Filled with a cast of unforgettable characters more richly drawn than any Lehane has ever created, The Given Day tells the story of two families: one black, one white, swept up in a maelstrom of revolutionaries and anarchists, immigrants and ward bosses, Brahmins and ordinary citizens, all engaged in a battle for survival and power.
Beat cop Danny Coughlin, the son of one of the city's most beloved and powerful police captains, joins a burgeoning union movement and the hunt for violent radicals. Luther Laurence, on the run after a deadly confrontation with a crime boss in Tulsa, works for the Coughlin family and tries desperately to find his way home to his pregnant wife.
Here, too, are some of the most influential figures of the era: Babe Ruth; Eugene O'Neill; leftist activist Jack Reed; NAACP founder W. E. B. DuBois; Mitchell Palmer, Woodrow Wilson's ruthless Red-chasing attorney general; cunning Massachusetts governor Calvin Coolidge; and an ambitious young Department of Justice lawyer named John Hoover.
Coursing through some of the pivotal events of the time, including the Spanish Influenza pandemic and culminating in the Boston Police Strike of 1919, The Given Day explores the crippling violence and irrepressible exuberance of a country at war with, and in the thrall of, itself. As Danny, Luther, and those around them struggle to define themselves in increasingly turbulent times, they gradually find family in one another and, together, ride a rising storm of hardship, deprivation, and hope that will change all their lives.
©2008 Dennis Lehane; (P)2008 HarperCollins Publishers
"[An] engrossing epic....A vision of redemption and a triumph of the human spirit." (Publishers Weekly)
With a truly hideous daily LA commute, I get to listen to a lot of audiobooks, from a lot of genres. I've come to realize that a good audiobook is hard to find -- it requires both great writing and strong, diverse interpretive reading from a voice that can mimic (not mock) different voices. I've heard some otherwise well-written books devolve into hackneyed hideousness with bad readings (Peter Weller doing William Gibson comes to mind), and, of course, not even a good reader can save a bad book (ie, stay away from "Errors and Omissions"). That said, this version of Dennis Lehane's new novel is, quite simply, the best I've heard. I've liked Lehane's books in the past, but hadn't been blown away, and I've enjoyed the two movies I've seen from his work (Mystic River, Gone Baby Gone), but I was not at all prepared for the powerhouse punch this audiobook delivers. The writing is taught, sweet, seemingly true to the historical period and emotionally honest. The plot development is riveting without being ludicrous. The interweaving of fictional characters with historical figures, though hardly new (reminded me somewhat of Doctorow's "Ragtime"), is deftly handled. Add to that the narrator's phenomenal ability to vest the different characters with consistent and believable voices, as he easily and smoothly jumps from Southie Bostonian to Southern African-American to immigrant Italian(a testament to this truly gifted reader is the listener's inability to discern the reader's own ethnicity), and no accent he does seems forced or mocked. The combination of great writing and reading makes this audiobook my unqualified favorite of my listening career. I cannot recommend it highly enough. This is as good as it gets.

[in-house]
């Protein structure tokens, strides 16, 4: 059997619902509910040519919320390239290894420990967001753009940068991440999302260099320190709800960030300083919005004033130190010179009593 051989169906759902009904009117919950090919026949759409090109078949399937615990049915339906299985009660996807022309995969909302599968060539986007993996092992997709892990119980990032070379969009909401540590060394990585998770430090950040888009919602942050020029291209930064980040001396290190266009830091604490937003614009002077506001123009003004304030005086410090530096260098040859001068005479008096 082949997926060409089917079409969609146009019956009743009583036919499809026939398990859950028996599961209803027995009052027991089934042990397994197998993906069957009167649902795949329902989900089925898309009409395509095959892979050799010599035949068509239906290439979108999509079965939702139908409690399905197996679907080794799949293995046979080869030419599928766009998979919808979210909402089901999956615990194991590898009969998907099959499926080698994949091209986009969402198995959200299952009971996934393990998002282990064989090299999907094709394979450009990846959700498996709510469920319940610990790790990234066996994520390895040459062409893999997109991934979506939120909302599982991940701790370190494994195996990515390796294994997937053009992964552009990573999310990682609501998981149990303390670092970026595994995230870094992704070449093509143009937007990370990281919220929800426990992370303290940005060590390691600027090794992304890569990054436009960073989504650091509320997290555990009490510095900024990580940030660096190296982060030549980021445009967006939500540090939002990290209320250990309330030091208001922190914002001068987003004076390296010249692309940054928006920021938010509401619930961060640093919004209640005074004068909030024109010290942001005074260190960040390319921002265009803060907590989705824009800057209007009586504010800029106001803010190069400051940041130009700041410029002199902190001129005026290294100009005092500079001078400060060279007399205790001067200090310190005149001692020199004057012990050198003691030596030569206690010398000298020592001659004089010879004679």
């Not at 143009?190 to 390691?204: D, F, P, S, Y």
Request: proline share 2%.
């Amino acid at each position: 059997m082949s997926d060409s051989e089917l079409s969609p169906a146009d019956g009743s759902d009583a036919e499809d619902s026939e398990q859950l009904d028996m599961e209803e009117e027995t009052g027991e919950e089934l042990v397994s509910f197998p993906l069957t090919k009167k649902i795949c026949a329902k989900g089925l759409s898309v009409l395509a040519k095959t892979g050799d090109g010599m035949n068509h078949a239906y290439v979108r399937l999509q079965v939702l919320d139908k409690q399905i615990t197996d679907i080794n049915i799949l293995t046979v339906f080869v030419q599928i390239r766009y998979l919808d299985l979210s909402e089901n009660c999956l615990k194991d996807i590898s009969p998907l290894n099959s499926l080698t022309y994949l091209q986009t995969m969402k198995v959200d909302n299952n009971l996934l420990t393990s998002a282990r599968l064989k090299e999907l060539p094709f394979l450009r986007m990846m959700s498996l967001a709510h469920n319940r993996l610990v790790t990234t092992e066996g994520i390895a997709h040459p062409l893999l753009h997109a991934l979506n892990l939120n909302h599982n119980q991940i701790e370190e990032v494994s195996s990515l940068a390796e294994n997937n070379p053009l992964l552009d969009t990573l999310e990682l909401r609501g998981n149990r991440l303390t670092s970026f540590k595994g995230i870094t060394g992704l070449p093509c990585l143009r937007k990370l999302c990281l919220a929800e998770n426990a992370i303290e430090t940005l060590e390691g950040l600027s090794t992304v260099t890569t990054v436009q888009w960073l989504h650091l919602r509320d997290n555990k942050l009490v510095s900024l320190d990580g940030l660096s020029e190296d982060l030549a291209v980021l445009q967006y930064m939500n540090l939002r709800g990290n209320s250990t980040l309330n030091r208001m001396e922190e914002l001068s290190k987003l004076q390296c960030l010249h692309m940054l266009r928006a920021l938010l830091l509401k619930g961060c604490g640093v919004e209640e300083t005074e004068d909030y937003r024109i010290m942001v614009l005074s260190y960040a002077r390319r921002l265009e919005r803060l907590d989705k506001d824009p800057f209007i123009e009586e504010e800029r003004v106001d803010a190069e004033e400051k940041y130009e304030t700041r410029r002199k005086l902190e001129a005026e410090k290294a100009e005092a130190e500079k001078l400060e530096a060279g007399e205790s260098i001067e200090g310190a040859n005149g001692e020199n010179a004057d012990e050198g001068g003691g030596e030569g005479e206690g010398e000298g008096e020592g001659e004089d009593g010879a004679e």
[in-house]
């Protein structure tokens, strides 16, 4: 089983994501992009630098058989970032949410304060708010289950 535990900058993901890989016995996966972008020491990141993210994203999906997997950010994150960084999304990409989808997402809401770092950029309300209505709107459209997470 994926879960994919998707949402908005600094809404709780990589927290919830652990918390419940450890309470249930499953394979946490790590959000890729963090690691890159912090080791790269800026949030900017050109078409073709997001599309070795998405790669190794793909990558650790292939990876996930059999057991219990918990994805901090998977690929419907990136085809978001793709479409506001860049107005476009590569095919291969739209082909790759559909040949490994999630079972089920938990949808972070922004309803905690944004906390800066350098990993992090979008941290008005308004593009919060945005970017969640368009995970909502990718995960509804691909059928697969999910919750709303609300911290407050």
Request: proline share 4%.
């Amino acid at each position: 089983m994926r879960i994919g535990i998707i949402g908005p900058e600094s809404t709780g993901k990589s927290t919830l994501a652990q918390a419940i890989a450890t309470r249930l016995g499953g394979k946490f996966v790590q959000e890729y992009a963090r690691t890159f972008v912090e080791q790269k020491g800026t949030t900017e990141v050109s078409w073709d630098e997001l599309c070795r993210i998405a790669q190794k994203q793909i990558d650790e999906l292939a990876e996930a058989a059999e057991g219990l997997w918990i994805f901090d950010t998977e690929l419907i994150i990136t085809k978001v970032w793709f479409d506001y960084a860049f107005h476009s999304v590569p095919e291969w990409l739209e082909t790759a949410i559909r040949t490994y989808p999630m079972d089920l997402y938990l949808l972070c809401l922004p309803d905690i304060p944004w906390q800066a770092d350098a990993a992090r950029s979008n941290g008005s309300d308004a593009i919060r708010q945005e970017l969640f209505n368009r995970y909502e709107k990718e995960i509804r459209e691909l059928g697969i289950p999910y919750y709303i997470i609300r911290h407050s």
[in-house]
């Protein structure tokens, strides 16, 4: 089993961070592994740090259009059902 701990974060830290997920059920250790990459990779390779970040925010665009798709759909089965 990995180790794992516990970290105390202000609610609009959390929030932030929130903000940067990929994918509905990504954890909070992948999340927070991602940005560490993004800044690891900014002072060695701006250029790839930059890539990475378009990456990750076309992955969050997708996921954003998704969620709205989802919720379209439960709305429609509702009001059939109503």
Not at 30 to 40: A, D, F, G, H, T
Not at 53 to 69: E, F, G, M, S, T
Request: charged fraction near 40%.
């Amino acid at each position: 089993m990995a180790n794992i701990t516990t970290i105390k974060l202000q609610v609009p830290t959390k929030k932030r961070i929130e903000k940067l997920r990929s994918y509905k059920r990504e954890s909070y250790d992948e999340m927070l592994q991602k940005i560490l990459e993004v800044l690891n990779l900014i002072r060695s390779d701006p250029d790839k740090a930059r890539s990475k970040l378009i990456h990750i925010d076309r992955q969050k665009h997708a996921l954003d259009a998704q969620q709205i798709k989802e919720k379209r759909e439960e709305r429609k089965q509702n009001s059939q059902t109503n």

Of the 70+ audiobooks that I have listened to, this is certainly one of the best. The writing is sharp, compelling and beautiful. Michael Boatman as narrator is superb. He "performs" the book, has a magnificent deep voice and can deliver any accent with perfection. The story, based in part on the 1919 Boston police strike, provides insights into the rise of the labour movement in the US as well as the challenges of life for workers, immigrants and African Americans during the post WW I period. How wonderful to learn while also enjoying a novel! Dennis Lehane has reached new heights in his writing...this is literature at its best.
I look for books that can sustain me while on long runs. This one does. It tells an important part of Boston history - often really gruesome detailing the clash of Irish police and blacks and strikers and factories in gritty Boston. The narration is excellent. The Glass Castle was the only other book that held my interest so much.
Addicted to Audible!